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A pioneering Latino student protest inspired a national outcry — and this stage play in Dallas

Latino high school protestors in Crystal City, TX in 1969
Cara Mia Theatre
The three student protest leaders, Mario Treviño, Severita Lara, and Diana Serna Aguilera in Washington, D.C. Here, they discuss the discrimination they faced at their school with Senator Ralph Yarborough.

"Crystal City 1969" is about small-town Texas teenagers who were discouraged from attending college or even speaking Spanish. So they walked out of their high school — and into history.

Cara Mia Theatre debuted the play "Crystal City 1969" in 2009 — the 40th anniversary of the original student protest. Yet the theater's executive director, David Lozano, had never even heard about the walkout, although its young leaders were eventually brought to Washington, D.C., to speak with elected officials.

When Lozano started co-writing the play with Raul Trevino, Jr., he hadn't even heard of Crystal City.

But "Crystal City 1969" has become Cara Mia's most popular play. The company revived it in 2015 and now they've brought it to the Latino Cultural Center.

For the play's debut in 2009, I interviewed Lozano for KERA TV, and now seemed like a good time to revisit that conversation.

In the '60s, the student demonstration may have seemed like a blowup over "kid's stuff" -- small-town arguments about who got to be involved in cheerleading or homecoming -- butit was actually tied to more pervasive discrimination against the adult population as well. Crystal City was 85 percent Mexican-American or Mexican, yet the students were forbidden to speak Spanish or even eat Mexican food. Most importantly, perhaps, they were regularly steered by their career counselors away from colleges and towards -- the U. S. military.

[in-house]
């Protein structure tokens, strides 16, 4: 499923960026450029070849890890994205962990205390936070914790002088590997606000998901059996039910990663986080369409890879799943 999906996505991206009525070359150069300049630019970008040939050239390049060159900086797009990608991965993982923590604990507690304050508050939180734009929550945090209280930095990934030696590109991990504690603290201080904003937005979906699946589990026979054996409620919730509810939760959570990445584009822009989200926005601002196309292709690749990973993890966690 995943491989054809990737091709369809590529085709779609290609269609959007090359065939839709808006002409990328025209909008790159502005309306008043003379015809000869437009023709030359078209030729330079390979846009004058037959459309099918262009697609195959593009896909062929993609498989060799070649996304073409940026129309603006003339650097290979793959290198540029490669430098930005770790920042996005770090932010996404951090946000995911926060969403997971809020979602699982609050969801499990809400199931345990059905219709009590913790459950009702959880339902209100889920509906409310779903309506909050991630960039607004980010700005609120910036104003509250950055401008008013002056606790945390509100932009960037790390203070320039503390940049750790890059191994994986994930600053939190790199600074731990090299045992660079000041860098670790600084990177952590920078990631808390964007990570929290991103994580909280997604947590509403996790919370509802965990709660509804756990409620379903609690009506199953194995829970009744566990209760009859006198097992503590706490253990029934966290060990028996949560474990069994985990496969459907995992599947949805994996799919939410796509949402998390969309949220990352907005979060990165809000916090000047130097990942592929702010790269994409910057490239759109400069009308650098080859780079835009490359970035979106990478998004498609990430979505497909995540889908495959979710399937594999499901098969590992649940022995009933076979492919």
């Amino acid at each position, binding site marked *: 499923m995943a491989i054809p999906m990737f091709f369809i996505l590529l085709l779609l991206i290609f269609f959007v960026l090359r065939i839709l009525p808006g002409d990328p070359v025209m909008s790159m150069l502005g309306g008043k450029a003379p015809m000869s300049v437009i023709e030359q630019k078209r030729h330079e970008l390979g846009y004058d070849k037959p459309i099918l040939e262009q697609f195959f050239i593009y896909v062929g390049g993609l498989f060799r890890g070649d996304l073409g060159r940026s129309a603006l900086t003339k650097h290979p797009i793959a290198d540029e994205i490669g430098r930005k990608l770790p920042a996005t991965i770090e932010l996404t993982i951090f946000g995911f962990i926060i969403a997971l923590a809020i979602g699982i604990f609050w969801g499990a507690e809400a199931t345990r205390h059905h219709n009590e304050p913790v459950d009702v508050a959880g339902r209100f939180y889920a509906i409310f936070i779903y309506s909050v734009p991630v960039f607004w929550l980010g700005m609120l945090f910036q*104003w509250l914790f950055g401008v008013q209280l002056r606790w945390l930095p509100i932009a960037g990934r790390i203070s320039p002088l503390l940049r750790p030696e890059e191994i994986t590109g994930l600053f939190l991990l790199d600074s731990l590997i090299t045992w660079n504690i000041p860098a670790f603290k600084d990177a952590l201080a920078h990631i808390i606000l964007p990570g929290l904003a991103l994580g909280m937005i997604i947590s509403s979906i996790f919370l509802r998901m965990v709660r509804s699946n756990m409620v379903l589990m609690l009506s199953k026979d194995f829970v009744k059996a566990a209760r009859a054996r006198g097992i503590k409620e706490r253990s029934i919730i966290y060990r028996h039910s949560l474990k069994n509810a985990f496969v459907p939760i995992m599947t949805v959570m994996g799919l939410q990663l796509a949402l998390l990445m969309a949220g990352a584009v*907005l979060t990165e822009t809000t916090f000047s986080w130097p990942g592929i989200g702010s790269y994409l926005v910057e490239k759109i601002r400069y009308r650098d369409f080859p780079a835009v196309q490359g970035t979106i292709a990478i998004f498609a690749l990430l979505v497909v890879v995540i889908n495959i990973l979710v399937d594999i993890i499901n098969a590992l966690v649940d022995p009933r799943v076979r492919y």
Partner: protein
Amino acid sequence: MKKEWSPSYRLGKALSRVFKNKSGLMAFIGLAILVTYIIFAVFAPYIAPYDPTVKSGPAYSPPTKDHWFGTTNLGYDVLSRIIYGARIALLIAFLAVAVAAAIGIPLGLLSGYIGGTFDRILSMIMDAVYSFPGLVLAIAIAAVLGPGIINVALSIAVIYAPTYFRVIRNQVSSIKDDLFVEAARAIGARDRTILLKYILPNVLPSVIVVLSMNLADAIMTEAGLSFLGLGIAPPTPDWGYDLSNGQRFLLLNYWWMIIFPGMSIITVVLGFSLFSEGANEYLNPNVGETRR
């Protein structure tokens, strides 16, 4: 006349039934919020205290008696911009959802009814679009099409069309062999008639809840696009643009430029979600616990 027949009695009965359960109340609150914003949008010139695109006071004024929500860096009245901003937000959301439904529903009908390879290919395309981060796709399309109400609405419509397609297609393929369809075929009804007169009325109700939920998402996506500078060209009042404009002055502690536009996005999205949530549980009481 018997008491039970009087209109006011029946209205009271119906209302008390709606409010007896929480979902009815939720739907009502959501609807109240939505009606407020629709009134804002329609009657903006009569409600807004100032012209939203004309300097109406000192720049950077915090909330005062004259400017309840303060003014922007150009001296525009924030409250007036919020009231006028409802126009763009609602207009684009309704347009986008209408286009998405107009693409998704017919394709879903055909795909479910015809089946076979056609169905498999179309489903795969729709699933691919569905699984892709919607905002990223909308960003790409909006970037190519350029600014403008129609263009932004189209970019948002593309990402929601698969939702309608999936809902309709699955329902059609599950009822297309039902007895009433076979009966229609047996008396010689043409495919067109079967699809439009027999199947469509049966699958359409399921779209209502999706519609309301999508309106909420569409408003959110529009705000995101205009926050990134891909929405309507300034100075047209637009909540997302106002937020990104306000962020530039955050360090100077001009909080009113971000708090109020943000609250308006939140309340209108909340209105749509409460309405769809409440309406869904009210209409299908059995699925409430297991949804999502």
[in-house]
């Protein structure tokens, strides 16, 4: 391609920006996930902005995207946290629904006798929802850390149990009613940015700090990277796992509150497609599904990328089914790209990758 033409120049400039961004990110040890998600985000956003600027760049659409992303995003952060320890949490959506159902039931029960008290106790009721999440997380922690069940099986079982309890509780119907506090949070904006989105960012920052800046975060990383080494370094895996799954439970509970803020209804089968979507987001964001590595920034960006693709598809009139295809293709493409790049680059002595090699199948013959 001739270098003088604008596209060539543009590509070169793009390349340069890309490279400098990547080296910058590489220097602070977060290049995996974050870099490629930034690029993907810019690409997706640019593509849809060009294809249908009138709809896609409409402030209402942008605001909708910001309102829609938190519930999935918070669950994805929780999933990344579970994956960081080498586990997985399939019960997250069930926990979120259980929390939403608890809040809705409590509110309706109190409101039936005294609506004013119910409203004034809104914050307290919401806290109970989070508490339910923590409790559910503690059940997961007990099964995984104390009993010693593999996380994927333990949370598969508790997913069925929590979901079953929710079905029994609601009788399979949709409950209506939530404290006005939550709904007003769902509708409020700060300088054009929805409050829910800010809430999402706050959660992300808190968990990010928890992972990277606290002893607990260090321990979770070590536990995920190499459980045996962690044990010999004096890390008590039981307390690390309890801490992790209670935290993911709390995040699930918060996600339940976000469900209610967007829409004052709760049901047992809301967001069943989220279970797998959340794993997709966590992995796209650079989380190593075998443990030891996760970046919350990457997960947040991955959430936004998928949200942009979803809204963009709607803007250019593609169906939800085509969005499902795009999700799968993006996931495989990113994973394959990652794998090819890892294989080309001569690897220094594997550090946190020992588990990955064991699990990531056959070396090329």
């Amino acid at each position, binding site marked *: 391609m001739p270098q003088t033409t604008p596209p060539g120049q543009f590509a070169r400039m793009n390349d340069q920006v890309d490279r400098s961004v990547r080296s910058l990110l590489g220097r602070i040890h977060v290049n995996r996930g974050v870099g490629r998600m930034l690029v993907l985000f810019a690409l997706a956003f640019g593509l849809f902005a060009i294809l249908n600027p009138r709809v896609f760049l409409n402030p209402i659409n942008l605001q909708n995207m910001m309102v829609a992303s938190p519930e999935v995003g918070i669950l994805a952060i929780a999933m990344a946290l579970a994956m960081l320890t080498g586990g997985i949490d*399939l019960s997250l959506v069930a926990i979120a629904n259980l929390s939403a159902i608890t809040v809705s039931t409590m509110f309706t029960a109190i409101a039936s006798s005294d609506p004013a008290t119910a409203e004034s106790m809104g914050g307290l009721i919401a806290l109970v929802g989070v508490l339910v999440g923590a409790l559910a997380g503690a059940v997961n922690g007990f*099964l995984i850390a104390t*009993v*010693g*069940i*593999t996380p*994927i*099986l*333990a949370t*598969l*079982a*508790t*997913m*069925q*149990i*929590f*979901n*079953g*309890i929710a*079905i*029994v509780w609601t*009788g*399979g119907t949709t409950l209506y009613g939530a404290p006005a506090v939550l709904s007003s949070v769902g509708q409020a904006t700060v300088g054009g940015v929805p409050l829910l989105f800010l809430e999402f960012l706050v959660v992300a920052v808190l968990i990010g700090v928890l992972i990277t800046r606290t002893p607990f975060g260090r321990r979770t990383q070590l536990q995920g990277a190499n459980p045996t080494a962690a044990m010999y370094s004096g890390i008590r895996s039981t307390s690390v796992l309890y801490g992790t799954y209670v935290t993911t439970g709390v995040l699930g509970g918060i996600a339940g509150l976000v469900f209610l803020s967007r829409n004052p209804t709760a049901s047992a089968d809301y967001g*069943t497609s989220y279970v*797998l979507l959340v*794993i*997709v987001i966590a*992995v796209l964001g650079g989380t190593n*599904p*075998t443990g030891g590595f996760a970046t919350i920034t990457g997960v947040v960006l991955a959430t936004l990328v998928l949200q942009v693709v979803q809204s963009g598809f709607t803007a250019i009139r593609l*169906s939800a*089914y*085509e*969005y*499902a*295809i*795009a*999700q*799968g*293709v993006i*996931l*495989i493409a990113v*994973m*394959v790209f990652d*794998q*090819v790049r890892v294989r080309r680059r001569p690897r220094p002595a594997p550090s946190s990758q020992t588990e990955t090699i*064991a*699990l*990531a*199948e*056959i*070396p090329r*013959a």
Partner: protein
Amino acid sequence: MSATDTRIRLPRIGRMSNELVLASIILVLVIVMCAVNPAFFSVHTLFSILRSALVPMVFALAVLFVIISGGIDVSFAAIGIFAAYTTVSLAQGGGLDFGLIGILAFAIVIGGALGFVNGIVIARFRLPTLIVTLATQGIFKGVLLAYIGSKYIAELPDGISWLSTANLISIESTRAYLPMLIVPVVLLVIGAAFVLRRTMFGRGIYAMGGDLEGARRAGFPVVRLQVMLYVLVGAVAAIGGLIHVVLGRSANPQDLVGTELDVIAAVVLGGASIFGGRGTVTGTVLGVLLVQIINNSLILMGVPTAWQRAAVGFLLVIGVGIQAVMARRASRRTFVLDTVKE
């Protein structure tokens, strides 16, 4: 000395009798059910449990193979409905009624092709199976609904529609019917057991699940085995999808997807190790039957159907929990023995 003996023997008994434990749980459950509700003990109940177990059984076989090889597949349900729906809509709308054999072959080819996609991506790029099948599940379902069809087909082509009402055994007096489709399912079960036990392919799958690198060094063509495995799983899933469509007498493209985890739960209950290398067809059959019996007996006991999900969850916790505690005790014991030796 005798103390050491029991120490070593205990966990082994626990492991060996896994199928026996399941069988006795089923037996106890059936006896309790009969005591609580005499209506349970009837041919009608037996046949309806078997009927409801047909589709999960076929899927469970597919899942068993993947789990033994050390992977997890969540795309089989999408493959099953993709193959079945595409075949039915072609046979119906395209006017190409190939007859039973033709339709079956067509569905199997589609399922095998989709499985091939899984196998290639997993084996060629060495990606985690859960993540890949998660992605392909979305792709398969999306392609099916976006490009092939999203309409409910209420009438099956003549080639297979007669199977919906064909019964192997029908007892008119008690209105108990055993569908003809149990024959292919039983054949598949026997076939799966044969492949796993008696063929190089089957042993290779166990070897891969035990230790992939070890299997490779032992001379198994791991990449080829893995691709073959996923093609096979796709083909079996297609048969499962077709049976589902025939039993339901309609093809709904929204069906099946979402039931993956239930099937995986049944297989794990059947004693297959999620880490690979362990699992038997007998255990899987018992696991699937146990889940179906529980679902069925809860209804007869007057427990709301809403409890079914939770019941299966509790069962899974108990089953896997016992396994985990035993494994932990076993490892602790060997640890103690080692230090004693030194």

Cara Mia's David Lozano on THINK TV in 2009

The play is based on the efforts of high school walkout leaders Diana Serna Aguilera, Severita Lara and Mario Treviño. Along with the influence of civil rights leader José Angel Gutiérrez, these three students eventually changed their school’s discriminatory standards and gained opportunities that many teenagers wanted in South Texas.

In fact -- not mentioned in the TV interview (not enough time!) -- this 'minor' student protest would ultimately lead to fundamental changes in the town's establishment: Mexican-Americans began running for office. It even partly inspired the creation of the political party, La Raza Unida.

"Crystal City 1969" is onstage at the Latino Cultural Center through Dec. 18.

Jerome Weeks is the Art&Seek producer-reporter for KERA. A professional critic for more than two decades, he was the book columnist for The Dallas Morning News for ten years and the paper’s theater critic for ten years before that. His writing has appeared in the San Francisco Chronicle, Los Angeles Times, Newsday, American Theatre and Men’s Vogue magazines.